Venezuela's top court on Wednesday rejected opposition leader Henrique Capriles' appeal following the contested presidential vote that brought Hugo Chavez's handpicked successor to power.
Official results from the April 14 elections gave Nicolas Maduro a razor-thin margin of just 1.5 percent over Capriles.
"The appeal has been declared inadmissible," announced Gladys Gutierrez, president of the Supreme Tribunal of Justice (TSJ).
The opposition filed the 10-point appeal three months ago arguing that the vote, held in the wake of longtime leader Chavez's death in March, was marred by fraud.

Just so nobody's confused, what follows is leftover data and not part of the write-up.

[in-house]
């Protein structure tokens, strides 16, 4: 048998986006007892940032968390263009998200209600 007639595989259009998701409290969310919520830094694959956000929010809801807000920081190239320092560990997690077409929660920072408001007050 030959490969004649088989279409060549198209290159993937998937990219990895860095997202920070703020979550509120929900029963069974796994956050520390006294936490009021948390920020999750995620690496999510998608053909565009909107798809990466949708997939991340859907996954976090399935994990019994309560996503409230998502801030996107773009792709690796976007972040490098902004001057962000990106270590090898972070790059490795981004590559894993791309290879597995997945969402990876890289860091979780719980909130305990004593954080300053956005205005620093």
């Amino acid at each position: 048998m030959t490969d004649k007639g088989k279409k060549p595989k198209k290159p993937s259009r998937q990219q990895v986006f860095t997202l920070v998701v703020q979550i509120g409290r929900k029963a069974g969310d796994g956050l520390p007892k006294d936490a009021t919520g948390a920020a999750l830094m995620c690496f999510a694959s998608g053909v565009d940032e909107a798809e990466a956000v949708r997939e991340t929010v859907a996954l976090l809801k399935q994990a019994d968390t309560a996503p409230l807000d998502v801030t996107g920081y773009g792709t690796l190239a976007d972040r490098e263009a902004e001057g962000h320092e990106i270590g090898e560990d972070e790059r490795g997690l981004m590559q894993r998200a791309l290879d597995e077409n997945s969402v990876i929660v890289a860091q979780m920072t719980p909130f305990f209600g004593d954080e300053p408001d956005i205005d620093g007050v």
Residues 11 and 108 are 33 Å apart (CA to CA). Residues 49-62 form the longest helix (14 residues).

Among other things, Gutierrez said the plaintiffs did not offer "sufficient proof" to back up their allegations.
In a biting tweet, Capriles lamented the "admissible lack of justice" in Venezuela and criticized "government corruption."
Capriles said Tuesday that he would go "before international bodies" to contest the election.
He did not name any avenue of appeal but said two complaints would be filed, one in his name and one in the name the Democratic Unity Roundtable (MUD), an umbrella coalition for opposition parties.
Despite his questioning of the electoral system, Capriles has said that MUD will nonetheless participate in December 8 municipal elections, so as to not hand the Venezuelan government "a gift."